Biologists investigate whether heat-induced toxin killed 120 dolphins in Amazon region

São Paulo, Brazil, Oct 2 (EFE). – A team of biologists is investigating whether a biotoxin generated by high temperatures in Brazil’s Amazon region caused the death of up to 120 dolphins of two endangered species.

The multiple deaths, recorded over the past week, are the worst event of its kind in at least three decades.

Oceanographer Miriam Marmontel, director of aquatic mammal research at the Mamirauá Institute for Sustainable Development, told EFE that the heat wave that swept through the Amazon raised the water temperature of Lake Tefé eight degrees above the normal maximum.

The warming played a “decisive role” in the dolphins’ deaths, as it could have caused hyperthermia.

However, the specialist said the high temperatures may also have “aggravated” a toxic substance in the water, further weakening the dolphins and preventing them from swimming to the river that feeds the lake to save themselves.

“This is another line of inquiry that could explain why the dolphins did not leave the lake. The combination of high temperatures and biotoxins could have killed them,” she suggested.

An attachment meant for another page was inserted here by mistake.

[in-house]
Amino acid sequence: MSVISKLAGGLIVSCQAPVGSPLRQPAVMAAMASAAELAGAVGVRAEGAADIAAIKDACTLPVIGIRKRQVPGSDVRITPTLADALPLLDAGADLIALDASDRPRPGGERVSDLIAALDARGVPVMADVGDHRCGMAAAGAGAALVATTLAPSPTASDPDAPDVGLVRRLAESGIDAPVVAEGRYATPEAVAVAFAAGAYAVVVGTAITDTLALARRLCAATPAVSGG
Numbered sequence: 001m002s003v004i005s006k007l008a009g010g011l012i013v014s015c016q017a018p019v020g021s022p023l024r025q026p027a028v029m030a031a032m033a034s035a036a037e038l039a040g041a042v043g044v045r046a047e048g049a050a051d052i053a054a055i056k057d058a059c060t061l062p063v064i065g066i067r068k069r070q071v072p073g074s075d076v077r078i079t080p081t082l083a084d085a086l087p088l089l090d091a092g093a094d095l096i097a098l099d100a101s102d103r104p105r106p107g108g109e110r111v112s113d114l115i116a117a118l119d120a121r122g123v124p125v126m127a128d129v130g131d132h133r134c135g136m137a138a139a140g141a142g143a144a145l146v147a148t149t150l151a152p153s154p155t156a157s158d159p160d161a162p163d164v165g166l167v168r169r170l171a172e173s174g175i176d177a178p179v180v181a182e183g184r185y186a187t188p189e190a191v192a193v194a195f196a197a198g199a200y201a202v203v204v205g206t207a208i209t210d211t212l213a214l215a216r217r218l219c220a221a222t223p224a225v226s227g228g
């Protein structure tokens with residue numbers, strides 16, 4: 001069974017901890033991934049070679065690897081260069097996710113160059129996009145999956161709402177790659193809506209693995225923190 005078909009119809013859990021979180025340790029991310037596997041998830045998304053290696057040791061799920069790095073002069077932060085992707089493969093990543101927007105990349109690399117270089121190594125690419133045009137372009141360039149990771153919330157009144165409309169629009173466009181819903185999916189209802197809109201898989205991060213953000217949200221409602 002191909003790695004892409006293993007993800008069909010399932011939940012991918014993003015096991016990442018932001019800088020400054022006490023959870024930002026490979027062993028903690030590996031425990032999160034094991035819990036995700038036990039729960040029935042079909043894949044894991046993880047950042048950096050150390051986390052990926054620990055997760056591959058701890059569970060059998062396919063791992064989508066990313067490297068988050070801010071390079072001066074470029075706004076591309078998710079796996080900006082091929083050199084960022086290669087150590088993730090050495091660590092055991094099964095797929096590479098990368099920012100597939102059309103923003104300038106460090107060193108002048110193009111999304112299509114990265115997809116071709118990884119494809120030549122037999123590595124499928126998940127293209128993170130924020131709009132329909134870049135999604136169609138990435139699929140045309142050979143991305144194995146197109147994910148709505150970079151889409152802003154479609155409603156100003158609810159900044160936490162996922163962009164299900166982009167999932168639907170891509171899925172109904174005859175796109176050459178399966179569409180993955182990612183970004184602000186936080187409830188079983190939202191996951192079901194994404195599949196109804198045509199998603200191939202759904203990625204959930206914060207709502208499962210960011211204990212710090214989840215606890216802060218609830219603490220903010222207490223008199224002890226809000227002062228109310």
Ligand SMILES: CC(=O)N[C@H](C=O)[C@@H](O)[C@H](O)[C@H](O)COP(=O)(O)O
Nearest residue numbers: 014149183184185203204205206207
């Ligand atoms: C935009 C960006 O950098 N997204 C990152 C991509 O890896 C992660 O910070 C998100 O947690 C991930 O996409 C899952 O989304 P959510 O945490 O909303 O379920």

To dispel any doubts, the team of biologists coordinated by Marmontel is working to remove the last dolphin bodies from the lake, then carry out necropsies and send samples to laboratories in the south of the country, hoping to have the first results by the end of the week.

The specialist, who cannot recall an event of this magnitude in her 30-year career in the region, estimates that the dead animals, of the pink and tucuxi species, represent just under 10% of the lake’s population.

The Mamirauá Institute for Sustainable Development, which is linked to the federal government, fears that such episodes will be repeated throughout the rest of the Amazon’s dry season, which usually peaks in mid-October but could be prolonged by climate change.

To prevent further deaths, the centre’s team of biologists is considering relocating the dolphins to the Solimões River, as this stretch of the Amazon is known in Brazil.

However, this solution would be complicated if the presence of a toxic substance is detected.

“If the dolphins were exposed to an infectious disease caused by the heat, the problem would be much more serious,” explains Marmontel.EFE


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